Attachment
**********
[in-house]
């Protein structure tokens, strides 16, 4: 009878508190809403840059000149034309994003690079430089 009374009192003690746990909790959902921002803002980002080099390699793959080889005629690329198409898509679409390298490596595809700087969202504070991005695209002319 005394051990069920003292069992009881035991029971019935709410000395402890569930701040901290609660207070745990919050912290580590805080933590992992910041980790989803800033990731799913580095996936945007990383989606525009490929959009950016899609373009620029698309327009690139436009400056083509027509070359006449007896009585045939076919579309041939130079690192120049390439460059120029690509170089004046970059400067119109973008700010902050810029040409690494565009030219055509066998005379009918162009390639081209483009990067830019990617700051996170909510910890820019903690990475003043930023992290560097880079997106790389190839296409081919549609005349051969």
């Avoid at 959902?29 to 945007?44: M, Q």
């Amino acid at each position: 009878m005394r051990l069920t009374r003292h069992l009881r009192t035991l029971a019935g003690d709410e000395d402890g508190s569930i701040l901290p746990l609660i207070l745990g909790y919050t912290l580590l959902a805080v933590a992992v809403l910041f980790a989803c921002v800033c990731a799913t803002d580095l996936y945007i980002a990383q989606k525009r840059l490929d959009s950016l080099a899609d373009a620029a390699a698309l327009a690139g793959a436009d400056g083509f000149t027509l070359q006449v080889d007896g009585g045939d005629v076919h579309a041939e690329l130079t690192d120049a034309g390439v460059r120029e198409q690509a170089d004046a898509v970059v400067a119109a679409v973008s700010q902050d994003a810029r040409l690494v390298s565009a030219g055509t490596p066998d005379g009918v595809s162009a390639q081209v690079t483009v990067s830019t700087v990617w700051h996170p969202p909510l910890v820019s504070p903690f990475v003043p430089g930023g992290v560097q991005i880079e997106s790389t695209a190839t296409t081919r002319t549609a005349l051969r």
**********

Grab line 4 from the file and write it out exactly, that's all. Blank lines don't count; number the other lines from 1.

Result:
């Amino acid at each position: 009878m005394r051990l069920t009374r003292h069992l009881r009192t035991l029971a019935g003690d709410e000395d402890g508190s569930i701040l901290p746990l609660i207070l745990g909790y919050t912290l580590l959902a805080v933590a992992v809403l910041f980790a989803c921002v800033c990731a799913t803002d580095l996936y945007i980002a990383q989606k525009r840059l490929d959009s950016l080099a899609d373009a620029a390699a698309l327009a690139g793959a436009d400056g083509f000149t027509l070359q006449v080889d007896g009585g045939d005629v076919h579309a041939e690329l130079t690192d120049a034309g390439v460059r120029e198409q690509a170089d004046a898509v970059v400067a119109a679409v973008s700010q902050d994003a810029r040409l690494v390298s565009a030219g055509t490596p066998d005379g009918v595809s162009a390639q081209v690079t483009v990067s830019t700087v990617w700051h996170p969202p909510l910890v820019s504070p903690f990475v003043p430089g930023g992290v560097q991005i880079e997106s790389t695209a190839t296409t081919r002319t549609a005349l051969r």